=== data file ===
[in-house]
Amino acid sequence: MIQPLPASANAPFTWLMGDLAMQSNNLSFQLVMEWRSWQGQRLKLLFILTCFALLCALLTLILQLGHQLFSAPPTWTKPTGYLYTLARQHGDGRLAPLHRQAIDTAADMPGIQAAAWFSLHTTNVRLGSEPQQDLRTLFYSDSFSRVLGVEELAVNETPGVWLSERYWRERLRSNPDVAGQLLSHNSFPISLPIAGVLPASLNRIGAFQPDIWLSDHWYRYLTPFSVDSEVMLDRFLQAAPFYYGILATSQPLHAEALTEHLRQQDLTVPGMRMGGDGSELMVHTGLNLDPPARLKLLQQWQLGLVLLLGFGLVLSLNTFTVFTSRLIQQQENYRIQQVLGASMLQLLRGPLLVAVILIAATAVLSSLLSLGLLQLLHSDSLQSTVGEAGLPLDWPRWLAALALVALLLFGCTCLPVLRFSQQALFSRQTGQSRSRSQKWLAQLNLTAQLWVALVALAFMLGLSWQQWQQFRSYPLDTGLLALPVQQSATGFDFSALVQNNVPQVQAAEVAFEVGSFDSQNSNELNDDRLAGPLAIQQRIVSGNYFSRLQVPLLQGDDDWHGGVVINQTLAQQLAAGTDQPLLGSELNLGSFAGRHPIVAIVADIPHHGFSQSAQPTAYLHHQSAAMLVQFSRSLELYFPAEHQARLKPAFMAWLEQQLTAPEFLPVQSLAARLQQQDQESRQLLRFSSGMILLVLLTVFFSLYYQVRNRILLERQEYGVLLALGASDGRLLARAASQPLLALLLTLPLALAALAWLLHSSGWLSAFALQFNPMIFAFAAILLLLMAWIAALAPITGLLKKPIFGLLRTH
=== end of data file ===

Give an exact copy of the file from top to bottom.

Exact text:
[in-house]
Amino acid sequence: MIQPLPASANAPFTWLMGDLAMQSNNLSFQLVMEWRSWQGQRLKLLFILTCFALLCALLTLILQLGHQLFSAPPTWTKPTGYLYTLARQHGDGRLAPLHRQAIDTAADMPGIQAAAWFSLHTTNVRLGSEPQQDLRTLFYSDSFSRVLGVEELAVNETPGVWLSERYWRERLRSNPDVAGQLLSHNSFPISLPIAGVLPASLNRIGAFQPDIWLSDHWYRYLTPFSVDSEVMLDRFLQAAPFYYGILATSQPLHAEALTEHLRQQDLTVPGMRMGGDGSELMVHTGLNLDPPARLKLLQQWQLGLVLLLGFGLVLSLNTFTVFTSRLIQQQENYRIQQVLGASMLQLLRGPLLVAVILIAATAVLSSLLSLGLLQLLHSDSLQSTVGEAGLPLDWPRWLAALALVALLLFGCTCLPVLRFSQQALFSRQTGQSRSRSQKWLAQLNLTAQLWVALVALAFMLGLSWQQWQQFRSYPLDTGLLALPVQQSATGFDFSALVQNNVPQVQAAEVAFEVGSFDSQNSNELNDDRLAGPLAIQQRIVSGNYFSRLQVPLLQGDDDWHGGVVINQTLAQQLAAGTDQPLLGSELNLGSFAGRHPIVAIVADIPHHGFSQSAQPTAYLHHQSAAMLVQFSRSLELYFPAEHQARLKPAFMAWLEQQLTAPEFLPVQSLAARLQQQDQESRQLLRFSSGMILLVLLTVFFSLYYQVRNRILLERQEYGVLLALGASDGRLLARAASQPLLALLLTLPLALAALAWLLHSSGWLSAFALQFNPMIFAFAAILLLLMAWIAALAPITGLLKKPIFGLLRTH